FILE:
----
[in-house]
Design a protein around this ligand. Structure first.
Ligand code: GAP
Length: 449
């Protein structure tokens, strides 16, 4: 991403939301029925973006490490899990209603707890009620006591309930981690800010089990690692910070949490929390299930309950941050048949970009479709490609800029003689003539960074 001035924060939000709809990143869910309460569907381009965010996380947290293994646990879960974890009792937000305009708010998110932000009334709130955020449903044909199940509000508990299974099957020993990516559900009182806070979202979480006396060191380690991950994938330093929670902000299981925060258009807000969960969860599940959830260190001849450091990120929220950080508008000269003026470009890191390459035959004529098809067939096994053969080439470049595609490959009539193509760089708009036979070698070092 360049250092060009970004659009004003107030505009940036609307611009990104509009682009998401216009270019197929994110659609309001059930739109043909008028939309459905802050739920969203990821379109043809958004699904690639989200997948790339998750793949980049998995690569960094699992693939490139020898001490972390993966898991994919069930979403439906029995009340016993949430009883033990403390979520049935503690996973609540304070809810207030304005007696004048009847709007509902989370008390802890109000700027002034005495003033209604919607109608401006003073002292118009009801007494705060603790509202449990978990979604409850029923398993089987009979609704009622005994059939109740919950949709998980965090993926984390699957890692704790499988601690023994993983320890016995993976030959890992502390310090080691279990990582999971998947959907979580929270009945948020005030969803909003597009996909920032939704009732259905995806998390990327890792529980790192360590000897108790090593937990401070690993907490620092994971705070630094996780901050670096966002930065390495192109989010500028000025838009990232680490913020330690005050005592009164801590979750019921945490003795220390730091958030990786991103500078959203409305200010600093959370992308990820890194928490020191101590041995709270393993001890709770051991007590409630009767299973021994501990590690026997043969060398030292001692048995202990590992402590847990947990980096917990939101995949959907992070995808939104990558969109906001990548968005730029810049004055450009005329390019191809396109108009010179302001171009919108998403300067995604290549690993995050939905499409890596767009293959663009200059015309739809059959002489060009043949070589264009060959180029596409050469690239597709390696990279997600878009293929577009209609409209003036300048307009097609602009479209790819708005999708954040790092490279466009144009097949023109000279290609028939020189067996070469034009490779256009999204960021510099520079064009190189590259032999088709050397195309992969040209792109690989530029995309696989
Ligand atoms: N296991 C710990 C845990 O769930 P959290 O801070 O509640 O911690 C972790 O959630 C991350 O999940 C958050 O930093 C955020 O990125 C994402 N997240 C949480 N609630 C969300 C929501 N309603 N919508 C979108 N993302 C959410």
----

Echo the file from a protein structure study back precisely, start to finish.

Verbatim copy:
[in-house]
Design a protein around this ligand. Structure first.
Ligand code: GAP
Length: 449
């Protein structure tokens, strides 16, 4: 991403939301029925973006490490899990209603707890009620006591309930981690800010089990690692910070949490929390299930309950941050048949970009479709490609800029003689003539960074 001035924060939000709809990143869910309460569907381009965010996380947290293994646990879960974890009792937000305009708010998110932000009334709130955020449903044909199940509000508990299974099957020993990516559900009182806070979202979480006396060191380690991950994938330093929670902000299981925060258009807000969960969860599940959830260190001849450091990120929220950080508008000269003026470009890191390459035959004529098809067939096994053969080439470049595609490959009539193509760089708009036979070698070092 360049250092060009970004659009004003107030505009940036609307611009990104509009682009998401216009270019197929994110659609309001059930739109043909008028939309459905802050739920969203990821379109043809958004699904690639989200997948790339998750793949980049998995690569960094699992693939490139020898001490972390993966898991994919069930979403439906029995009340016993949430009883033990403390979520049935503690996973609540304070809810207030304005007696004048009847709007509902989370008390802890109000700027002034005495003033209604919607109608401006003073002292118009009801007494705060603790509202449990978990979604409850029923398993089987009979609704009622005994059939109740919950949709998980965090993926984390699957890692704790499988601690023994993983320890016995993976030959890992502390310090080691279990990582999971998947959907979580929270009945948020005030969803909003597009996909920032939704009732259905995806998390990327890792529980790192360590000897108790090593937990401070690993907490620092994971705070630094996780901050670096966002930065390495192109989010500028000025838009990232680490913020330690005050005592009164801590979750019921945490003795220390730091958030990786991103500078959203409305200010600093959370992308990820890194928490020191101590041995709270393993001890709770051991007590409630009767299973021994501990590690026997043969060398030292001692048995202990590992402590847990947990980096917990939101995949959907992070995808939104990558969109906001990548968005730029810049004055450009005329390019191809396109108009010179302001171009919108998403300067995604290549690993995050939905499409890596767009293959663009200059015309739809059959002489060009043949070589264009060959180029596409050469690239597709390696990279997600878009293929577009209609409209003036300048307009097609602009479209790819708005999708954040790092490279466009144009097949023109000279290609028939020189067996070469034009490779256009999204960021510099520079064009190189590259032999088709050397195309992969040209792109690989530029995309696989
Ligand atoms: N296991 C710990 C845990 O769930 P959290 O801070 O509640 O911690 C972790 O959630 C991350 O999940 C958050 O930093 C955020 O990125 C994402 N997240 C949480 N609630 C969300 C929501 N309603 N919508 C979108 N993302 C959410």